As we kick off 2023, there are a few signs that select stocks might be in ling for a great year. The stocks for healthcare companies IQVIA Holdings (IQV 0.77%) and Vertex Pharmaceuticals (VRTX 0.43%), for example, have been on the upswing recently thanks to reports of increased revenues, rising earnings, and management outlooks that point to more growth on the way.

IQVIA's shares were down more than 18% over the past year, but they're up more than 18% over the past three months. The company is starting to see volumes get back to normal now that the worst effects of the pandemic are fading. Meanwhile, Vertex's shares were up more than 30% over the past year, and the biotech company's pipeline could soon deliver a blockbuster treatment that will help it build on last year's success.

Let's take a deeper dive into why these two unstoppable growth stocks are buys in 2023.

1. IQVIA solves a complex problem for pharmaceutical companies

IQVIA Holdings is one of the world's largest contract research organizations, with more than 82,000 employees and a market cap of $38.1 billion. It helps other healthcare companies develop their products by running clinical trials for them while providing associated laboratory and analytical services.

It makes sense for many companies, particularly smaller biotech start-ups, to outsource their clinical trials to contract research organizations, taking advantage of their experience while avoiding the expenses involved with adding staff, particularly given that there are shortages of many types of skilled workers. Clinical trials have become more complex and expensive, and contract research organizations enjoy certain advantages in speed and efficiency compared to some pharmaceutical companies' in-house clinical trial teams.

The addressable market for contract research organizations is also growing because the number of clinical trials being conducted keeps increasing. At the end of 2022, there were more than 437,000 ongoing clinical trials, up 9.5% from a year earlier, according to the National Library of Medicine. A report by MarketsandMarkets said the global clinical research market was $63.6 billion in 2022, and with a forecast for a compound annual growth rate of 11%, it is expected to be a $115.1 billion market within five years.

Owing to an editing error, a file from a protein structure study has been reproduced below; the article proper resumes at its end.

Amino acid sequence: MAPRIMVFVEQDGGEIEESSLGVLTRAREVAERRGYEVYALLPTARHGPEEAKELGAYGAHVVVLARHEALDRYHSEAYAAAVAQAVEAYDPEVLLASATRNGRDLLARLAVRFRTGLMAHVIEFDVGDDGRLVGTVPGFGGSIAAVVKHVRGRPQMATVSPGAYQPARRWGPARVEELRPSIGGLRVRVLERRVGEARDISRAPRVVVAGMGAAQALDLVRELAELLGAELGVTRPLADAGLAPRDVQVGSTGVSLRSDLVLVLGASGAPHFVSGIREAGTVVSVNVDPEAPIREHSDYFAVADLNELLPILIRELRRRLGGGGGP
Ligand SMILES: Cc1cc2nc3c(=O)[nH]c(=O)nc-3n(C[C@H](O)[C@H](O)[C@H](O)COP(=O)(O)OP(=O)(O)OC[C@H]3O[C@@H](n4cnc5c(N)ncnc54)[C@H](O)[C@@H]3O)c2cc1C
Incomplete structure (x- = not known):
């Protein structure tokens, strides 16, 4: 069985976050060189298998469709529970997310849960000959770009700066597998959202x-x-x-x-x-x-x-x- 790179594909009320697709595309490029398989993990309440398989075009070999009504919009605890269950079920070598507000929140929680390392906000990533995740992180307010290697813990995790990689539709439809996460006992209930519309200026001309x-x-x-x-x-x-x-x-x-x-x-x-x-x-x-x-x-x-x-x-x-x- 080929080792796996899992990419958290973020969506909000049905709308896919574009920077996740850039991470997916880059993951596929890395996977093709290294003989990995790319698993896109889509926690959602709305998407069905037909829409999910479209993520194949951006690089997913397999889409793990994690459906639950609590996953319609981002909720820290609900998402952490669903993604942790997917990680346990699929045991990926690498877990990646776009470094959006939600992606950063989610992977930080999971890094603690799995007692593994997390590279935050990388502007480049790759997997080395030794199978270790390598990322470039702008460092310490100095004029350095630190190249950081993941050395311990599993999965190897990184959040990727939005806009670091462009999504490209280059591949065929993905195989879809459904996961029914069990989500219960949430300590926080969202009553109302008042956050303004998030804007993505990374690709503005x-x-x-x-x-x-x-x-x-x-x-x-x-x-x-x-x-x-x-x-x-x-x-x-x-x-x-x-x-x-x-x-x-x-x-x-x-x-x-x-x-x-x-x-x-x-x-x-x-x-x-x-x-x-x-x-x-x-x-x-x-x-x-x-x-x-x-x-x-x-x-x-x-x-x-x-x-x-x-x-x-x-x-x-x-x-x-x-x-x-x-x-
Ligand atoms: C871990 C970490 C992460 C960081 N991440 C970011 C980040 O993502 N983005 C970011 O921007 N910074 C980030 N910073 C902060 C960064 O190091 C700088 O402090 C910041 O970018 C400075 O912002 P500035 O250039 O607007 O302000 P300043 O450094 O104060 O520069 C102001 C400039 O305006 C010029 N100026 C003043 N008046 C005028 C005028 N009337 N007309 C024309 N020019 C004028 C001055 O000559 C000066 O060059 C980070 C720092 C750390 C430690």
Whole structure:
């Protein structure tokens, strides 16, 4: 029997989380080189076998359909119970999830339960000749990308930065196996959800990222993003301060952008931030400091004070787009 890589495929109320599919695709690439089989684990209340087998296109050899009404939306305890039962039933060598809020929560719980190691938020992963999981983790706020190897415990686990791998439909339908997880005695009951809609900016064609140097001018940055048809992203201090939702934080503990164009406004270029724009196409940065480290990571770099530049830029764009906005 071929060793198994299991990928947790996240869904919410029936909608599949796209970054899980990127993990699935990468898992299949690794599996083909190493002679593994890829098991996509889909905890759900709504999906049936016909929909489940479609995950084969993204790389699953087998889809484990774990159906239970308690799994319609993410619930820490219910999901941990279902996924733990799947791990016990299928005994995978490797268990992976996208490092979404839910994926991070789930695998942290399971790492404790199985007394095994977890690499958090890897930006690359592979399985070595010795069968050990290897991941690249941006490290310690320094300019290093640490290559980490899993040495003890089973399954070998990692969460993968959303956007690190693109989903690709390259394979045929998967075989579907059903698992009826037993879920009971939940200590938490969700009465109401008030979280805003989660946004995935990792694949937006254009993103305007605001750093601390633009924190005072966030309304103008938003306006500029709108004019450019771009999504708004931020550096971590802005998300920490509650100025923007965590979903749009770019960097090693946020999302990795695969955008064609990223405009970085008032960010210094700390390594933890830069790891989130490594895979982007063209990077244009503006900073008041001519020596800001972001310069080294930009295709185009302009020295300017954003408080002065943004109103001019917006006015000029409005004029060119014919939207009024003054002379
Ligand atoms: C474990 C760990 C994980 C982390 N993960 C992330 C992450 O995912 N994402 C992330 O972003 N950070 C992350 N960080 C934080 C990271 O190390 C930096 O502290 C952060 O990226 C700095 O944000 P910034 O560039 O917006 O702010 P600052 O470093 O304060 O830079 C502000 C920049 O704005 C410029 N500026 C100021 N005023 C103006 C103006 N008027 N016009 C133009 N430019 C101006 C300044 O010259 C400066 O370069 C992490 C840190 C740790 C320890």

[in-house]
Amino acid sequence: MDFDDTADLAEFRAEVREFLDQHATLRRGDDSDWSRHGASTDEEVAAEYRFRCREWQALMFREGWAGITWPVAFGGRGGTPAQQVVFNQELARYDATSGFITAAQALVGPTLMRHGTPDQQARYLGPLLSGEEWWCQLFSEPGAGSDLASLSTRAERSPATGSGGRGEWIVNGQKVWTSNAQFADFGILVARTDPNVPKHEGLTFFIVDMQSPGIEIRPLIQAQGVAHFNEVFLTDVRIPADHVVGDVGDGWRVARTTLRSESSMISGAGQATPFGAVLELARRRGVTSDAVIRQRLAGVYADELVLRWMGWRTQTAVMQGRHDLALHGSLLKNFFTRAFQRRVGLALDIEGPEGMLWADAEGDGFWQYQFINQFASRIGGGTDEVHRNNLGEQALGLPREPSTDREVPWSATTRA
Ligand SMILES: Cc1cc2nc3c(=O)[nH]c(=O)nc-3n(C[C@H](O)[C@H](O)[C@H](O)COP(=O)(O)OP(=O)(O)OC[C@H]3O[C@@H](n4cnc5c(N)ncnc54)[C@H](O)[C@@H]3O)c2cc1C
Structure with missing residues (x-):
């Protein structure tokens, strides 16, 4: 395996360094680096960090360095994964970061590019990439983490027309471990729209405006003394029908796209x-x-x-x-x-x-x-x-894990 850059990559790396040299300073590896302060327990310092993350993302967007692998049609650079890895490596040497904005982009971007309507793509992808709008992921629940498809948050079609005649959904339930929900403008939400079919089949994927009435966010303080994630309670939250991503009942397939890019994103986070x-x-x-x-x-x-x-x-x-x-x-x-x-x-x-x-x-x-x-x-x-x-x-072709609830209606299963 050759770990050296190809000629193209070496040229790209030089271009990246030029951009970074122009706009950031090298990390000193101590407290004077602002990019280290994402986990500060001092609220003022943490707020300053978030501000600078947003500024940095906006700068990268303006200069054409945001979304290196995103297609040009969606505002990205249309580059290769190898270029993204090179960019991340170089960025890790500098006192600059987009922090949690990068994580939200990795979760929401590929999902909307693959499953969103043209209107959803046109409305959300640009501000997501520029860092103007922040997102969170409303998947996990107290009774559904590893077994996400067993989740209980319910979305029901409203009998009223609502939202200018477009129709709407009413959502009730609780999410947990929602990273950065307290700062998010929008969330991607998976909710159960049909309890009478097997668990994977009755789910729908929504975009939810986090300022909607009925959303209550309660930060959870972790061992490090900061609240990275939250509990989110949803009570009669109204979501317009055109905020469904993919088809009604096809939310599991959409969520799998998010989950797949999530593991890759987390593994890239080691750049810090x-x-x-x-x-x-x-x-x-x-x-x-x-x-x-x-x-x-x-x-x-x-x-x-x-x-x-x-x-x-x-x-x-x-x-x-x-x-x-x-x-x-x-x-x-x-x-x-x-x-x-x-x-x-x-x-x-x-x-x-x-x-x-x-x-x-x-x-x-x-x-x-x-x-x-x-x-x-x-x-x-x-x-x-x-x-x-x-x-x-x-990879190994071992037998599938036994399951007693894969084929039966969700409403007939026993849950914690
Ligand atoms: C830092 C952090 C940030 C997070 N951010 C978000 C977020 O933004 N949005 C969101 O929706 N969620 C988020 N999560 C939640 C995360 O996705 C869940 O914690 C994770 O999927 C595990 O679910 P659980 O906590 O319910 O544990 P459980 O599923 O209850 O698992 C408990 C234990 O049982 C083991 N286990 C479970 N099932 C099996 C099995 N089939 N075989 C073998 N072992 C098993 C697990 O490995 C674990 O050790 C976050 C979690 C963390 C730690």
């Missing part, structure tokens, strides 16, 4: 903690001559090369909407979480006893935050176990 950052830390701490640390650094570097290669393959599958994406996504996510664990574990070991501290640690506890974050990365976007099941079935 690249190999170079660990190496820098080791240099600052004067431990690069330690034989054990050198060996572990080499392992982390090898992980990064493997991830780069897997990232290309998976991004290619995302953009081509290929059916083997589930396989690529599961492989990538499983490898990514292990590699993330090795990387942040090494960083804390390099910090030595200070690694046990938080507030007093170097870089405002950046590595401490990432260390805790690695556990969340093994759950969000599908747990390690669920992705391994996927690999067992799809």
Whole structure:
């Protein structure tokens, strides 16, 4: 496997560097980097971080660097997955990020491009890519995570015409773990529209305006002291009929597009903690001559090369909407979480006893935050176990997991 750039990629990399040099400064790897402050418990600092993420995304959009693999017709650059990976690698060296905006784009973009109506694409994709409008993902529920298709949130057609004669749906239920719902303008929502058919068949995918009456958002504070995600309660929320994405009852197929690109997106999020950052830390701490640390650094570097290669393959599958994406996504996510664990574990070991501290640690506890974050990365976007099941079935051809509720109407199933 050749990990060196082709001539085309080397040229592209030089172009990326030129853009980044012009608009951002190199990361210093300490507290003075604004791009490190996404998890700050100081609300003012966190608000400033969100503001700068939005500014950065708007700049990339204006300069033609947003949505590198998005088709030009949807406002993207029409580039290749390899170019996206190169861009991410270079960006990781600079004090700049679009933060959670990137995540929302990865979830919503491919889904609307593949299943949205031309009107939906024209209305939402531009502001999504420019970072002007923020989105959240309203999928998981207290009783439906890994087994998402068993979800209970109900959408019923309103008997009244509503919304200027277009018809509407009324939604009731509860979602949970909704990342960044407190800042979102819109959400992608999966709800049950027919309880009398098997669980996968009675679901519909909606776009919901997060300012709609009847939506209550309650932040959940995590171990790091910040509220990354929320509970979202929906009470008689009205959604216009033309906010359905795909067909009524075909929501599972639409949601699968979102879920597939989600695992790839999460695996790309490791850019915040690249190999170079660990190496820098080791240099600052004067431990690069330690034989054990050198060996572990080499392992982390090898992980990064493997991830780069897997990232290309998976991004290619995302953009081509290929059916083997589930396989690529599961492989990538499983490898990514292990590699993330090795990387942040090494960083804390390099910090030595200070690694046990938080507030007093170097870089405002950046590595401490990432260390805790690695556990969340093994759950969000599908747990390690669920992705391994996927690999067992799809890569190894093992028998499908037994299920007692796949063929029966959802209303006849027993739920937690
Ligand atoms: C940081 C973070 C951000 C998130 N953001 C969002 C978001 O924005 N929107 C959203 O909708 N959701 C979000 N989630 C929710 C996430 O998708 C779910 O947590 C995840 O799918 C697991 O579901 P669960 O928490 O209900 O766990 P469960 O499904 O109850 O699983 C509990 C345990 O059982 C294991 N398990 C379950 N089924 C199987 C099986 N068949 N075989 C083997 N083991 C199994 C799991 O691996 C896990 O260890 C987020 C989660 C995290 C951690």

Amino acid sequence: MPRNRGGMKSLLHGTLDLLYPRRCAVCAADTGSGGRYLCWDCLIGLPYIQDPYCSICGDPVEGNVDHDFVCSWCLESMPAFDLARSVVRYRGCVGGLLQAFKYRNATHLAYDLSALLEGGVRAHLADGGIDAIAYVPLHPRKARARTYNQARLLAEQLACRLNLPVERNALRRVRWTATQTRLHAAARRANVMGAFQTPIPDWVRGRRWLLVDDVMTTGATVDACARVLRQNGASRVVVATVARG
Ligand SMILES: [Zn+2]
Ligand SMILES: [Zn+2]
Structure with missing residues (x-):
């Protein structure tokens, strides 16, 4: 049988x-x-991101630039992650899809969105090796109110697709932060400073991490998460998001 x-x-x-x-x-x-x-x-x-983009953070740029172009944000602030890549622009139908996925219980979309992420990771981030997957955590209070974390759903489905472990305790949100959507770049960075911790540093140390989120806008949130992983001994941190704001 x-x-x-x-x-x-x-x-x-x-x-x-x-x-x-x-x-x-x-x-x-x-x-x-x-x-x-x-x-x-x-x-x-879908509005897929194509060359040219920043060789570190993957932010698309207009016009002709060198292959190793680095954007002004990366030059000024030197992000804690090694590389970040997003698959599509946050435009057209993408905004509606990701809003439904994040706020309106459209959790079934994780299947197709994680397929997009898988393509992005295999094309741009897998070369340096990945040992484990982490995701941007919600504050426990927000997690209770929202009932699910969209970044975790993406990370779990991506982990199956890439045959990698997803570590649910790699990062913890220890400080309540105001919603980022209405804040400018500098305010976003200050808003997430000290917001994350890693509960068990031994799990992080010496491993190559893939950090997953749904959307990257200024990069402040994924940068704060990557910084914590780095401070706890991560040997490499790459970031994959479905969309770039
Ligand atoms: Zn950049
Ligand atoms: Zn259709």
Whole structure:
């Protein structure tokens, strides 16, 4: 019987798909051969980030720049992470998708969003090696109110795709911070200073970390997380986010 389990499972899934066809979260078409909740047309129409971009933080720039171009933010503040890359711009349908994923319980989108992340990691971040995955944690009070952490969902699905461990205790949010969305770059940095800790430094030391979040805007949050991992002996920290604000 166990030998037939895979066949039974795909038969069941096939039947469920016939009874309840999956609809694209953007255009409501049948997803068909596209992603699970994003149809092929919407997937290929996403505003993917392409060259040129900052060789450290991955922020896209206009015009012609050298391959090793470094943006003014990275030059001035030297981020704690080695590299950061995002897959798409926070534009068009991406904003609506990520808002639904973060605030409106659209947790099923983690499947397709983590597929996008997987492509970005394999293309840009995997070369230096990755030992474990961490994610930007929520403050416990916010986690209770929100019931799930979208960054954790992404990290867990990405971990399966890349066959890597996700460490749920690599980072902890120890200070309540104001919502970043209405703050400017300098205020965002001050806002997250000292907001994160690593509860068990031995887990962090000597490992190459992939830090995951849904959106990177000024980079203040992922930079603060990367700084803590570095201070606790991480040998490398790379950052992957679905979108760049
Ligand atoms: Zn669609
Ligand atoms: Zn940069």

IQVIA is on track for its third consecutive year of earnings growth and its 12th consecutive year of revenue growth. In its third-quarter report, management said it expects annual revenue in 2022 to be between $14.33 billion and $14.43 billion, compared to $13.87 billion in 2021. Through the first nine months of the year, the company reported net income of $864 million, up 33.3% year over year, and earnings per share of $4.52, up 36.1%.

The company's size, experience (with more than 300 clinical trials performed in more than 50 countries), and large database of 1.2 billion non-identified patient records give it an edge over competitors. IQVIA was created via the 2016 merger of Quintiles, a contract research organization, and IMS Health, a healthcare data and analytics provider. With the growing use of analytics in developing drugs, its combined expertise often makes IQVIA the go-to contract research organization for pharmaceutical companies.

IQV Revenue (Quarterly) Chart

IQV Revenue (Quarterly) data by YCharts.

2. Vertex making a big step up

Vertex Pharmaceuticals is a dominant player in cystic fibrosis therapies, and it is continuing to build on that advantage. On Dec. 12, it announced that it had presented an Investigational New Drug application for VX-522, a messenger RNA therapy to treat cystic fibrosis. It plans to start trials for the therapy within weeks. 

Vertex already has four approved therapies to treat cystic fibrosis: Trikafta, Kalydeco; Orkambi; and Symdeko, but it's the triple-drug combo Trikafta that is the blockbuster, supplying $2 billion of the company's total third-quarter revenue of $2.33 billion. That figure was up 18% year over year, and the company reported quarterly earnings per share of $3.59, up from $3.28 in the same period a year earlier.

Vertex has used some of its cystic fibrosis profits to develop -- in partnership with CRISPR Therapeutics -- what could be its next blockbuster: exa-cel. The ex vivo CRISPR/Cas9 gene-editing therapy was successful in early trials to end the need for blood transfusions for patients with two genetic blood disorders: sickle cell disease and transfusion-dependent beta-thalassemia. 

The company said it expects to complete its rolling biologics license application for exa-cel with the Food and Drug Administration (FDA) this quarter. According to Vertex research, there are 32,000 patients in the United States and Europe with severe cases of sickle cell disease or beta-thalassemia. The lifetime cost per patient to treat those conditions in the U.S. is estimated by Vertex to be between $4.2 million to $6.2 million for severe sickle cell disease and between $4.2 million and $5.7 million for beta-thalassemia. That makes the potential of a one-time curative therapy more enticing for payers.

Vertex's pipeline also includes the non-opioid painkiller VX-548. After a successful phase 2 trial, that drug was given a Breakthrough Therapy designation by the FDA, and is now in phase 3 clinical trials.